Costa Rica does not have a large indigenous population or a real pre-Columbian presence. Some people say that the Spanish conquistadores killed all the natives they encountered, which would account for the relative dearth of indigenous art and artifacts in the country today. Others believe that Costa Rica never had a large indigenous population and that its land was mostly used as a travel route for native peoples moving from areas around Mexico to South America. However, Costa Rica does boast a set of very important—and unexplained—artifacts from pre-Columbian times. These are the stone spheres that archaeologists and land developers have unearthed in the country’s Diquís Delta region.

The spheres are of various sizes, and there are over 300 of them. The smallest are pebble-sized, and the largest weigh several tons. All are made from the same type of stone, identified by geologists as a sort of igneous rock. Despite their size, the spheres were all apparently formed by hand, although whose hand has not been fully determined. The spheres are not all perfect in shape, although some come very close to being perfectly smooth and round. Oddly, there have been no stones found in an unfinished state.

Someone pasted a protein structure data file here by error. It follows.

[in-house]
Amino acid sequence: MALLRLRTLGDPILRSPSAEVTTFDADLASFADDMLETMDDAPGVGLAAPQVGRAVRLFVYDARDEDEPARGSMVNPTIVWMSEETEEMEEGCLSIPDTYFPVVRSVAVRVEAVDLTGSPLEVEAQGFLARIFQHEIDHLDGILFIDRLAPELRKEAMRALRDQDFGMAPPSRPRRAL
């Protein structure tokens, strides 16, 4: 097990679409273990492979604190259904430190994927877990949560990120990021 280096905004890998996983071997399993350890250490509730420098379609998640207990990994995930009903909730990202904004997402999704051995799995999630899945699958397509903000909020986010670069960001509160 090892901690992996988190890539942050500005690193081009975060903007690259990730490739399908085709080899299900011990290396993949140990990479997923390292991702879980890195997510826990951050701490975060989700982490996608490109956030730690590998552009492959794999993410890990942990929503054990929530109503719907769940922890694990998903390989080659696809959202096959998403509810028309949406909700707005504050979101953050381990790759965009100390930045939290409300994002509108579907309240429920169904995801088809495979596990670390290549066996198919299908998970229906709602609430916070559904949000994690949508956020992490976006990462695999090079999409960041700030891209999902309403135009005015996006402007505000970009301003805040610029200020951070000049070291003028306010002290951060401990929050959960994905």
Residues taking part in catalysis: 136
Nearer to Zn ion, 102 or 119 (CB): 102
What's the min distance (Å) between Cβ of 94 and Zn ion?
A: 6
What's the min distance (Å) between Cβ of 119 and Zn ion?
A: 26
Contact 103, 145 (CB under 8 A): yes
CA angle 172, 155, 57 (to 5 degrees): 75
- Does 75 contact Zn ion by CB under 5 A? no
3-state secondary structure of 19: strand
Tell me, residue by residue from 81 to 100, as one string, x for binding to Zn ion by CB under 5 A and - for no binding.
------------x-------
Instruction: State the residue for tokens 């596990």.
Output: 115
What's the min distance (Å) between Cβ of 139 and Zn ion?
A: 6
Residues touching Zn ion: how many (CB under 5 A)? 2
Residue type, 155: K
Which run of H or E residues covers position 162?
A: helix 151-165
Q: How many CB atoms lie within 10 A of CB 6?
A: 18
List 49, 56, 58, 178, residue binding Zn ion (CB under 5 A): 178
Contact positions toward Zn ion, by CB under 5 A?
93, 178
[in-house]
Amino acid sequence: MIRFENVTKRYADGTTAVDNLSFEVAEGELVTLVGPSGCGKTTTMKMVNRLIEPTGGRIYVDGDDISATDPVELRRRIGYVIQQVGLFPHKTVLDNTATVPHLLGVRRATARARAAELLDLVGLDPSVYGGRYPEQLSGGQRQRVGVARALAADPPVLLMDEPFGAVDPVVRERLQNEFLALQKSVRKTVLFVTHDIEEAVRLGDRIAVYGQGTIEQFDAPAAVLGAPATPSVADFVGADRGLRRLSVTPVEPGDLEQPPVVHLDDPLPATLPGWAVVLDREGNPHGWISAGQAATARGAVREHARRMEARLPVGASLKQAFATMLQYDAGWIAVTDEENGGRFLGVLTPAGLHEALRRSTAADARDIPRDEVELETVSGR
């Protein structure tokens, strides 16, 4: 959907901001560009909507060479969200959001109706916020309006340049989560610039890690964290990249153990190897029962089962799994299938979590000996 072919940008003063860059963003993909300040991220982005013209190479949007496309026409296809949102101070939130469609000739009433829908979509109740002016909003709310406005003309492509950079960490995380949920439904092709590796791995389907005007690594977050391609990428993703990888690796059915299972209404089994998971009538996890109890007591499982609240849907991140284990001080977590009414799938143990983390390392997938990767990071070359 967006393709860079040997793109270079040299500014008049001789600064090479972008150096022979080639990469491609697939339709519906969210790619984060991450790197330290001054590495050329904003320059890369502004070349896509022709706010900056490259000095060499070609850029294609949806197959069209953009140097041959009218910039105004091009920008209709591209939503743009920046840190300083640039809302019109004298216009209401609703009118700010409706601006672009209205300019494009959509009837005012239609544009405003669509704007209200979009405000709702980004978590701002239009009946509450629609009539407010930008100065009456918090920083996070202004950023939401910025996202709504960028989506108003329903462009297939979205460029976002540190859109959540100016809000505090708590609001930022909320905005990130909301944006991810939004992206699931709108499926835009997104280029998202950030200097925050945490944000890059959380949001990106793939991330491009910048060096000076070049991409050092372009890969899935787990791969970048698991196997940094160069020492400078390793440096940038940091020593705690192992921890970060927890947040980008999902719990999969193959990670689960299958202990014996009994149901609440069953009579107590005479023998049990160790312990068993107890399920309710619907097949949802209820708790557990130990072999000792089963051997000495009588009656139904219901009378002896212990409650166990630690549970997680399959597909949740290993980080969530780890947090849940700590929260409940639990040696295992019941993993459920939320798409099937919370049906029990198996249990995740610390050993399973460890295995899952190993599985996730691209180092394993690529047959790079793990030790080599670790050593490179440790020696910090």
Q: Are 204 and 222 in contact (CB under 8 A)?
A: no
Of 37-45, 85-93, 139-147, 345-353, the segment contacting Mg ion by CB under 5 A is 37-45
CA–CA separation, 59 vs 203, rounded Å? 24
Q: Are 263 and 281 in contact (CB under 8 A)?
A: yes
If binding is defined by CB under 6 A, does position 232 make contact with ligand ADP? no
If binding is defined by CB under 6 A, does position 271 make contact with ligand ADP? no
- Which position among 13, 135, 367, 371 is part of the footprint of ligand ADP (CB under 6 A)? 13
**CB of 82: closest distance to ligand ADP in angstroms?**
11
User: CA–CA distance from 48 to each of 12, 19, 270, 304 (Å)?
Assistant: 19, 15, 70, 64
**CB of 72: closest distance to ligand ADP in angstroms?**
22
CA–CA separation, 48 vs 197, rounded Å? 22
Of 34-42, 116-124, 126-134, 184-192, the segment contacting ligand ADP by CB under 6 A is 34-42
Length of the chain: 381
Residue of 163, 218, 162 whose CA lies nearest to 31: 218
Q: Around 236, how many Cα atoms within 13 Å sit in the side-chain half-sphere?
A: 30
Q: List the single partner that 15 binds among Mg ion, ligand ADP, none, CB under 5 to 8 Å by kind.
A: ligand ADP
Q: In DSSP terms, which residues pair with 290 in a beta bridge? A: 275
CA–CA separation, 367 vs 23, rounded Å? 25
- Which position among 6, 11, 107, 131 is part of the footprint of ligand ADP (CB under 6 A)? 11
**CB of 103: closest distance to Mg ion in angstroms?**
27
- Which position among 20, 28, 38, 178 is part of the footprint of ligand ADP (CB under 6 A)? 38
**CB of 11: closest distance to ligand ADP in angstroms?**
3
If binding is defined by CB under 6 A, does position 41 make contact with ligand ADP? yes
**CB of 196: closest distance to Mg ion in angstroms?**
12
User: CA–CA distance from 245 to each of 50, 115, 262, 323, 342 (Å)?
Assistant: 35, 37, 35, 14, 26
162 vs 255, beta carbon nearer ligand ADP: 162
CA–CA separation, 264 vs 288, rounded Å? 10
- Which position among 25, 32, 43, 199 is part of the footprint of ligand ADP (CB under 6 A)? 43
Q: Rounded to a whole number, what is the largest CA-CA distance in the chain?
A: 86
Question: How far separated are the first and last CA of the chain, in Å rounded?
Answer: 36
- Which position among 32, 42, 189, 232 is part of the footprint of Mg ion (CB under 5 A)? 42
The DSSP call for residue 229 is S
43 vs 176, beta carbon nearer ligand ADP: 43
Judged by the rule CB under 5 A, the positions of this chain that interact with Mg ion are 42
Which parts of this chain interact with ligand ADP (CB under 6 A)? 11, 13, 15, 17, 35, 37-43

The spheres first appeared in the 1940s, when employees of the United Fruit Company excavated land near the Pacific coast. Scientists believe that the stones were shaped between 600 and 1500 AD, using various stone-shaping methods—rough shaping by means of temperature change and finer shaping through picking and grinding. After their discovery, the spheres soon became status symbols, and wealthy families paid to have the spheres transported to their homes from their original sites.

Fans of the occult and astrological theorists have long speculated about these spheres. Because many of the stones seem to have been found in geometric patterns and special alignments, some astrologers argue that the spheres are the work of extraterrestrials or evidence of some paranormal communication system. Some have even linked the spheres to the lost city of Atlantis. These theories are entertaining but wholly unsubstantiated by science.

Visitors to Costa Rica can see these stones everywhere. Several stand in front of the Legislative Assembly (Asamblea Legislativa) building. Other official buildings and schools also prominently display these spheres. And some are still in the front yards of private residences, nestled among ferns and flowers.

Click here for more about Costa Rica’s stone spheres.

Writing and editing by Beaumont Hardy Editing.

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